Step 5: Embrace values and ethics in addition to objectivity and effectiveness
The issue of community engagement highlights a place where Crawford, Holloway et al. might have pushed further. The report is damning in its assessment of the multiple failures to engage with communities, resulting in distrust, resentment, and even violence against the Ebola response; and resulting in the devastating prolongation of the outbreak. Yet the arguments in favour of community engagement, in favour of two-way communication, in favour of anthropological expertise to help break down barriers all treat community engagement as the means to the end of more effective programming and not as an end in itself. It has substantial pragmatic importance, but community engagement chiefly reflects a value. Evaluation and review must direct attention towards the principle of humanity and the ethical imperative that people have primacy in their own lives.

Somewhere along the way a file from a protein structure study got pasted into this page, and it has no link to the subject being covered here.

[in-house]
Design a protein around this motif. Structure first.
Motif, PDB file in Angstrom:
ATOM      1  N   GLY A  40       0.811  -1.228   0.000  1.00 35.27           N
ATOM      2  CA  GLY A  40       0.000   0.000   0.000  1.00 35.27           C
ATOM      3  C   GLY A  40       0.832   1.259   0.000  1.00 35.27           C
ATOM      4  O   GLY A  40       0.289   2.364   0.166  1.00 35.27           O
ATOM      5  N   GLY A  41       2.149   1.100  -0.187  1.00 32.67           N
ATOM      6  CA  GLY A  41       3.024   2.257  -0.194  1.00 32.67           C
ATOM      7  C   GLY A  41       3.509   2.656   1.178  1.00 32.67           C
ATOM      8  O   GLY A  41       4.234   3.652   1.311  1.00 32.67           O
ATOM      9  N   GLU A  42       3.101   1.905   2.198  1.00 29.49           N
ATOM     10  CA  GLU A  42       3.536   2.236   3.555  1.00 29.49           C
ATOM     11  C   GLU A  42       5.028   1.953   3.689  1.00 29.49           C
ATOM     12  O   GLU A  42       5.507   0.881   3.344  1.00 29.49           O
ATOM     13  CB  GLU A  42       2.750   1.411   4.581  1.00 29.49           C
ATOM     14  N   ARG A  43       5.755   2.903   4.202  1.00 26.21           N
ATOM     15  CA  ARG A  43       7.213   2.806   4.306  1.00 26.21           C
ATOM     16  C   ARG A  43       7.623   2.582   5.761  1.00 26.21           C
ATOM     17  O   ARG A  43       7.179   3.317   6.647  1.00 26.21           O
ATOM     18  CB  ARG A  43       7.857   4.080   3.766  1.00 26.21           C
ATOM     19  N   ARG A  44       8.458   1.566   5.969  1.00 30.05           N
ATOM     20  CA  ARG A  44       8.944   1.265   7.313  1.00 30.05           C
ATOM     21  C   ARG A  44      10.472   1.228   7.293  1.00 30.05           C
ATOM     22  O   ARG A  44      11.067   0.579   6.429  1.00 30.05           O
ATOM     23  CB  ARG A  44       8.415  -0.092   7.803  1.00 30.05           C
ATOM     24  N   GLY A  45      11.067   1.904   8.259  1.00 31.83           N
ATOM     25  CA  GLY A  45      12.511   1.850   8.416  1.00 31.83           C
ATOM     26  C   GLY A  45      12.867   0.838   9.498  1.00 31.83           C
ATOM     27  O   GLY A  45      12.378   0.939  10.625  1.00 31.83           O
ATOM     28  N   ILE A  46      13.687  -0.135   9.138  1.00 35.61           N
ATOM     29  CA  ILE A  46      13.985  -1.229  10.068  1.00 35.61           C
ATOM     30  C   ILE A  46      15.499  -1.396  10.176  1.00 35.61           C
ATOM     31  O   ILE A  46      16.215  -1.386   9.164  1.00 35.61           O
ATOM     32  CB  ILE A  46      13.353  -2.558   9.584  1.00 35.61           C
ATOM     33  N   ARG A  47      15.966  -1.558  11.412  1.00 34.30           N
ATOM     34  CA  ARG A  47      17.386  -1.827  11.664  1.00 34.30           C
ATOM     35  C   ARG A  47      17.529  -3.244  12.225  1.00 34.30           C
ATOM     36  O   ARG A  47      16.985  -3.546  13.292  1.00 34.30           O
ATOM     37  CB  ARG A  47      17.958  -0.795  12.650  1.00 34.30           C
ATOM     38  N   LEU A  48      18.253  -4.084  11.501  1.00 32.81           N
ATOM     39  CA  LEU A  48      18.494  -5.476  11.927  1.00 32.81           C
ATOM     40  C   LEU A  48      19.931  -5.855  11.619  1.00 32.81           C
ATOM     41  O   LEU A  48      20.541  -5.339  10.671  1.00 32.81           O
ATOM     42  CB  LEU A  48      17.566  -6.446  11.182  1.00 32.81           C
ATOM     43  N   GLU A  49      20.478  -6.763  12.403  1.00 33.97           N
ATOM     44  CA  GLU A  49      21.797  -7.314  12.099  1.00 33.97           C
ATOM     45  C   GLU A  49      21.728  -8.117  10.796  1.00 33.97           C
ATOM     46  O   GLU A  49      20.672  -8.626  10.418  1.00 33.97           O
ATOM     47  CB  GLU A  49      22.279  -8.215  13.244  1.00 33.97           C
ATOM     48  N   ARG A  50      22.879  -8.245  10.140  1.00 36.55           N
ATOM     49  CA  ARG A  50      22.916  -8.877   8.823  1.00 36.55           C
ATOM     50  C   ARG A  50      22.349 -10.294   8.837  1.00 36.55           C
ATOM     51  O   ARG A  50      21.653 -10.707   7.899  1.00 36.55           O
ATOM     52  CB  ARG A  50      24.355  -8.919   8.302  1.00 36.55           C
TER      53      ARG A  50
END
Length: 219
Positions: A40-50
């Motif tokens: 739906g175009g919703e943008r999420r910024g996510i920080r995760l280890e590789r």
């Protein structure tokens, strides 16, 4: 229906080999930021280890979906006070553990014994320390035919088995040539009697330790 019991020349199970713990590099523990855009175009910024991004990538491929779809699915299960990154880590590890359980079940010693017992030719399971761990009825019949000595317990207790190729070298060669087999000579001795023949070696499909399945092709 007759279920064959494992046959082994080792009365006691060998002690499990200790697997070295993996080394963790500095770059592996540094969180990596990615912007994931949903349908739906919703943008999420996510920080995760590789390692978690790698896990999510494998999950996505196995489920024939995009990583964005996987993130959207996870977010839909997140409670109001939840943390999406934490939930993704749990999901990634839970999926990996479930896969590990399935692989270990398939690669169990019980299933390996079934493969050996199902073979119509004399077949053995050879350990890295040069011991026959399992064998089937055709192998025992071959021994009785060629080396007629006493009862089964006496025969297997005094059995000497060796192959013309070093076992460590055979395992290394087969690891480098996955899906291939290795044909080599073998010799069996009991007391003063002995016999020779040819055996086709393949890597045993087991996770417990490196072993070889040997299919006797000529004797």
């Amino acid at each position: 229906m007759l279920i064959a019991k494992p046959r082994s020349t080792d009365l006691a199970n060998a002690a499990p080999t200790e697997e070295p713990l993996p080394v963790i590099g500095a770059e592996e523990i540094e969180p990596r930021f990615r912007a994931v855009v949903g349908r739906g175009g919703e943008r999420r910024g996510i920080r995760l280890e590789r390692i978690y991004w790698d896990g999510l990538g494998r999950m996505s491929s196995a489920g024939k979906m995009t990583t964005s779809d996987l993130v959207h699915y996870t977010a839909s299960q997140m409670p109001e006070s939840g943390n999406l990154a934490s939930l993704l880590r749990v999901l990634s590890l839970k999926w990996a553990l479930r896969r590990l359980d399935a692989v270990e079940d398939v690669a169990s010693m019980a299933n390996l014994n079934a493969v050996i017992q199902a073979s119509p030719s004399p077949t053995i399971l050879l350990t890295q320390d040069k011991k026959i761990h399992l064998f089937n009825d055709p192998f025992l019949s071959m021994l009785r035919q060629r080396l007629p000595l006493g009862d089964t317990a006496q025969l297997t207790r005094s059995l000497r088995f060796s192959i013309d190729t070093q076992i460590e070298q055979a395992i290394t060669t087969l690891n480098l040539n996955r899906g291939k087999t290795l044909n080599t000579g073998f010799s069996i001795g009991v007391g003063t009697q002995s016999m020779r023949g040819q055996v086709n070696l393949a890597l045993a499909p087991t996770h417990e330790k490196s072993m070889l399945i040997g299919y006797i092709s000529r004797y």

Step 6: Support external accountability of humanitarian actors
Increase the target audience (i.e., different content, not just wider dissemination) of evaluations and reports to include community organisers, journalists, and local government, to build a multi-dimensional accountability upon the sector. Give people and communities affected by crisis the insights with which they can hold humanitarian actors accountable, as well as the messengers of learning who often protect them from it.
In short, Crawford, Holloway et al.’s report exemplifies a critical shift in language and scope in the direction of accuracy and scrutiny; away from using evaluation and review to cloak failure, negligence, and institutional power beneath an inaccurate euphemism such as “lessons learned”. Humanitarian action needs to build on this practice, not shy away or protest against it.
Of course, the humanitarian sector can and does learn, especially those lessons of a more technocratic or programmatic nature. Constantly improving approaches for EVD treatment and the use of vaccination can be seen as further evidence of progress. The logic here is simple: said progress is dwarfed by intransigence on the strategic and systemic fronts. Evaluation and review must expand their scope and integrity if they are to stop reinforcing the serial offences and profound inequity of the status quo.